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Another night of magic at the Stoop

Sunday 3rd November: Aviva Premiership Round 10: Harlequins v Saracens @ the Stoop, kick-off 3.00pm: Result – Harlequins 20: Saracens 19: Latest league positions: Saracens 3rd on 31 points, Harlequins 7th on 24 points.

I watched this programme on BT Sport in the comfort of my home sitting room.

Both teams desperately needed the victory: for Saracens another loss would have been their third consecutive Premiership defeat, for Quins it would have meant sinking to 10th in the league table with only the hapless Worcester Warriors and London Irish beneath them – teetering on the edge of a potential relegation dogfight.

No use in disguising it, in advance I had feared the worst and, with both sides putting out (allowing for their inevitable long injury lists) their best available teams in honour of what is always a feisty London ‘bragging rights’ derby, pundits and fans of both clubs could not fail to predict an away win: on paper the visitors’ matchday 23 would have a fair chance of finishing in the top three if they were allowed to play in a Six Nations tournament whilst Quins have been performing like a bunch of skittish teenage girls at their first school dance over the past month.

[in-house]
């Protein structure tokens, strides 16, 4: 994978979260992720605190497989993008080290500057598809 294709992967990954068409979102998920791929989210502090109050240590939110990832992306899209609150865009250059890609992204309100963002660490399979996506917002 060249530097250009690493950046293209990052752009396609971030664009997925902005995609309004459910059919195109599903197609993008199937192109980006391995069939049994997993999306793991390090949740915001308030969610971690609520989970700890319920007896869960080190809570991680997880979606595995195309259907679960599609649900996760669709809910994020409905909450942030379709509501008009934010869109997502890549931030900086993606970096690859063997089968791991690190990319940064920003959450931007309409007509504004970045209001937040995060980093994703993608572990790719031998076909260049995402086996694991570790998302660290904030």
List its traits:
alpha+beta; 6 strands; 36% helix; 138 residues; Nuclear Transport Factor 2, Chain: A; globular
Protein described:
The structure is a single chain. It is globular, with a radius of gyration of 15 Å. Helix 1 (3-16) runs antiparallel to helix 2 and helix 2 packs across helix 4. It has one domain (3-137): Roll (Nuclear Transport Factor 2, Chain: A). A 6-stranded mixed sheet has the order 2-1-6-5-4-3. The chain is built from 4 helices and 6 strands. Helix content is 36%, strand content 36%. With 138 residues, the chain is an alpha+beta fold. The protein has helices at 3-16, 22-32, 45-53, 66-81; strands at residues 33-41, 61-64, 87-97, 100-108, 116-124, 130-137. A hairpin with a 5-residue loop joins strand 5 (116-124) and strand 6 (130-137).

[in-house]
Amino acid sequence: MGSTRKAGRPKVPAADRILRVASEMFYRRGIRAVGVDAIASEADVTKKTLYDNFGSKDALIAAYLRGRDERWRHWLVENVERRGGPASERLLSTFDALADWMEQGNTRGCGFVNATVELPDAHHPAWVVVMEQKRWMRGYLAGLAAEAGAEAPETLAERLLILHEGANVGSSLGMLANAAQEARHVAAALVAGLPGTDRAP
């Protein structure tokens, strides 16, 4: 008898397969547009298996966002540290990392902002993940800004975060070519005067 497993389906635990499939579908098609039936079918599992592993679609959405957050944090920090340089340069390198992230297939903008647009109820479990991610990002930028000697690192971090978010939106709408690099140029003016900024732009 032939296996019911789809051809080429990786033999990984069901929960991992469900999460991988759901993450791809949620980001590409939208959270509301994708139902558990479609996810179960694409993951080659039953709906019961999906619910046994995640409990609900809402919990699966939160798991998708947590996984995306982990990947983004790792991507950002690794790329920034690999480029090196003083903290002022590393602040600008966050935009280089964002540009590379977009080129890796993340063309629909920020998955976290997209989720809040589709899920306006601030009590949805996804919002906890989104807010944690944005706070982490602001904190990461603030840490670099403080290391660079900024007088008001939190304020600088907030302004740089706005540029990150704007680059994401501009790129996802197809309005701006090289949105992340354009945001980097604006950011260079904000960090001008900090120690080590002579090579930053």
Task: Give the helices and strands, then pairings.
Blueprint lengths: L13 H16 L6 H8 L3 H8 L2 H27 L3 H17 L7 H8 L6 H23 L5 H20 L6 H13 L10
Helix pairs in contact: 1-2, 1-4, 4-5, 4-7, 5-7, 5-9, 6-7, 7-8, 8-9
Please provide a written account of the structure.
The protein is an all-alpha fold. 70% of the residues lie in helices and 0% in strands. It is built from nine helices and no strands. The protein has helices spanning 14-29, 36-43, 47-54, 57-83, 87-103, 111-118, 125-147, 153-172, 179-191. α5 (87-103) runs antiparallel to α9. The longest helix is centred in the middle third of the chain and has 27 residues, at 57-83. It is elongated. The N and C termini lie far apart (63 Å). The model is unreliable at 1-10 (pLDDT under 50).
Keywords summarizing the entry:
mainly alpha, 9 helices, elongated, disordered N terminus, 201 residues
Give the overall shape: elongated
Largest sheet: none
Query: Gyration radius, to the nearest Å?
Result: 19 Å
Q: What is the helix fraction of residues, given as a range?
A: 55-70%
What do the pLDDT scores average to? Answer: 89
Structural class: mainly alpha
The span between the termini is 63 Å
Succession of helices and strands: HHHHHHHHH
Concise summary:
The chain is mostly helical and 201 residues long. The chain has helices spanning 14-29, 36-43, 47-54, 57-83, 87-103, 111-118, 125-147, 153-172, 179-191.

Once Saracens had come out of the blocks at a fair old rip, scything through the Quins midfield like a knife through butter for Brad Barritt to score beside the posts at only 1 minute 37 into the game, I hurriedly finished my cup of tea and crumpets with butter & marmite and felt like retiring to watch the remainder of the game on my knees clutching a large yellow cushion in front of my face behind the sofa.

[Here, once again I would refer Rust readers to their favourite broadsheet newspaper if they wish to read a detailed report of what occurred].

From my angle as a fan it was just another one of those mad, wonderful nights that occasionally occur down at the Stoop when – from out of the blue, against all expectation and logic – Quins somehow overturn form, omens and often the way a game is developing to throw caution to the win and somehow claw a last-minute victory from the jaws of certain defeat.

In other words, another mind-twisting example of them living up to their reputation as a club destined to be an eternal also-ran at the season-long task of climbing up the slippery pole of a league table and yet – on their day – capable of pulling off extraordinary one-off victories in a thrilling, life-enhancing fashion for which (some like to think) Quins seem to possess the original mould and trademark.

Last night’s outcome was all the more spectacular because it was almost against type. I’d venture to suggest that fear might have had something to do with it – sometimes, when you are cornered and everything seems to be against you, there is no alternative but to fight to the death.

Quins had come to the table with a late line-up change: Marcus Smith, our 18 year old current rising star at fly half, had failed a head injury fitness test and was replaced at the last minute by another youngster – James Lang, just two years older. He took a bang to the shoulder during the passage leading to the Sarries’ early try and for a while drew regular attention from the medics but stayed on the pitch and grew into the game.